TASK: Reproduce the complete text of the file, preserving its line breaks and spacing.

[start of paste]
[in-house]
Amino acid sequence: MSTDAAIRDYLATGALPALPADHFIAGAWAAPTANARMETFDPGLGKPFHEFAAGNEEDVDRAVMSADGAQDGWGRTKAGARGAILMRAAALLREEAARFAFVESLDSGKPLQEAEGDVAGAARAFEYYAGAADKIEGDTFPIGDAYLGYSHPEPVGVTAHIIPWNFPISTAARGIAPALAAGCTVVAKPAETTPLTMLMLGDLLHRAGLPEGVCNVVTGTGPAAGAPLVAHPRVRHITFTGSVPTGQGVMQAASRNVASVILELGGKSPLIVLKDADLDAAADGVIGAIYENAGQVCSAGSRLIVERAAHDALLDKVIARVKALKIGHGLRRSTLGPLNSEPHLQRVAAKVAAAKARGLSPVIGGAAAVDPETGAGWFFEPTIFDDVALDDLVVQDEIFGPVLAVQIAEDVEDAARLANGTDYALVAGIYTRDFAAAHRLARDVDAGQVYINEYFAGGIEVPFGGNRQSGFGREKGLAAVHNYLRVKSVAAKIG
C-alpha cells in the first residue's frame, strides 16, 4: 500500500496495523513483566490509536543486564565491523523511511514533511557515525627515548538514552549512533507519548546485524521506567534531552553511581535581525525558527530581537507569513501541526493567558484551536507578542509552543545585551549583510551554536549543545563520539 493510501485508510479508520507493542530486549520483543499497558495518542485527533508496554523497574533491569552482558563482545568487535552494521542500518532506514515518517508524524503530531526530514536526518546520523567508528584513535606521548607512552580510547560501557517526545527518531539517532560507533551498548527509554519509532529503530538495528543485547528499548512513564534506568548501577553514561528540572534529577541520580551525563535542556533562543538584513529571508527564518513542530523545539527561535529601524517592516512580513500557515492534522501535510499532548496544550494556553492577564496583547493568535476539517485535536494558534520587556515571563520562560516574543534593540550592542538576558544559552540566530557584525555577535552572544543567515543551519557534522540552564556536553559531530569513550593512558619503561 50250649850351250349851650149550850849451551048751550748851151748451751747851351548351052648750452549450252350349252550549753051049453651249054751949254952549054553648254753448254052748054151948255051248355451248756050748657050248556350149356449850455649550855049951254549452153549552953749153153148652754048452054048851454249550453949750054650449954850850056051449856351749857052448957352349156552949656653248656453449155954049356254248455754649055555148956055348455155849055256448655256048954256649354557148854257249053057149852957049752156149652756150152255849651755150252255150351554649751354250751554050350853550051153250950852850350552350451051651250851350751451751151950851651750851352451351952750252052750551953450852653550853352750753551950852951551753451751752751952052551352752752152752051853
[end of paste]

[in-house]
Amino acid sequence: MSTDAAIRDYLATGALPALPADHFIAGAWAAPTANARMETFDPGLGKPFHEFAAGNEEDVDRAVMSADGAQDGWGRTKAGARGAILMRAAALLREEAARFAFVESLDSGKPLQEAEGDVAGAARAFEYYAGAADKIEGDTFPIGDAYLGYSHPEPVGVTAHIIPWNFPISTAARGIAPALAAGCTVVAKPAETTPLTMLMLGDLLHRAGLPEGVCNVVTGTGPAAGAPLVAHPRVRHITFTGSVPTGQGVMQAASRNVASVILELGGKSPLIVLKDADLDAAADGVIGAIYENAGQVCSAGSRLIVERAAHDALLDKVIARVKALKIGHGLRRSTLGPLNSEPHLQRVAAKVAAAKARGLSPVIGGAAAVDPETGAGWFFEPTIFDDVALDDLVVQDEIFGPVLAVQIAEDVEDAARLANGTDYALVAGIYTRDFAAAHRLARDVDAGQVYINEYFAGGIEVPFGGNRQSGFGREKGLAAVHNYLRVKSVAAKIG
C-alpha cells in the first residue's frame, strides 16, 4: 500500500496495523513483566490509536543486564565491523523511511514533511557515525627515548538514552549512533507519548546485524521506567534531552553511581535581525525558527530581537507569513501541526493567558484551536507578542509552543545585551549583510551554536549543545563520539 493510501485508510479508520507493542530486549520483543499497558495518542485527533508496554523497574533491569552482558563482545568487535552494521542500518532506514515518517508524524503530531526530514536526518546520523567508528584513535606521548607512552580510547560501557517526545527518531539517532560507533551498548527509554519509532529503530538495528543485547528499548512513564534506568548501577553514561528540572534529577541520580551525563535542556533562543538584513529571508527564518513542530523545539527561535529601524517592516512580513500557515492534522501535510499532548496544550494556553492577564496583547493568535476539517485535536494558534520587556515571563520562560516574543534593540550592542538576558544559552540566530557584525555577535552572544543567515543551519557534522540552564556536553559531530569513550593512558619503561 50250649850351250349851650149550850849451551048751550748851151748451751747851351548351052648750452549450252350349252550549753051049453651249054751949254952549054553648254753448254052748054151948255051248355451248756050748657050248556350149356449850455649550855049951254549452153549552953749153153148652754048452054048851454249550453949750054650449954850850056051449856351749857052448957352349156552949656653248656453449155954049356254248455754649055555148956055348455155849055256448655256048954256649354557148854257249053057149852957049752156149652756150152255849651755150252255150351554649751354250751554050350853550051153250950852850350552350451051651250851350751451751151950851651750851352451351952750252052750551953450852653550853352750753551950852951551753451751752751952052551352752752152752051853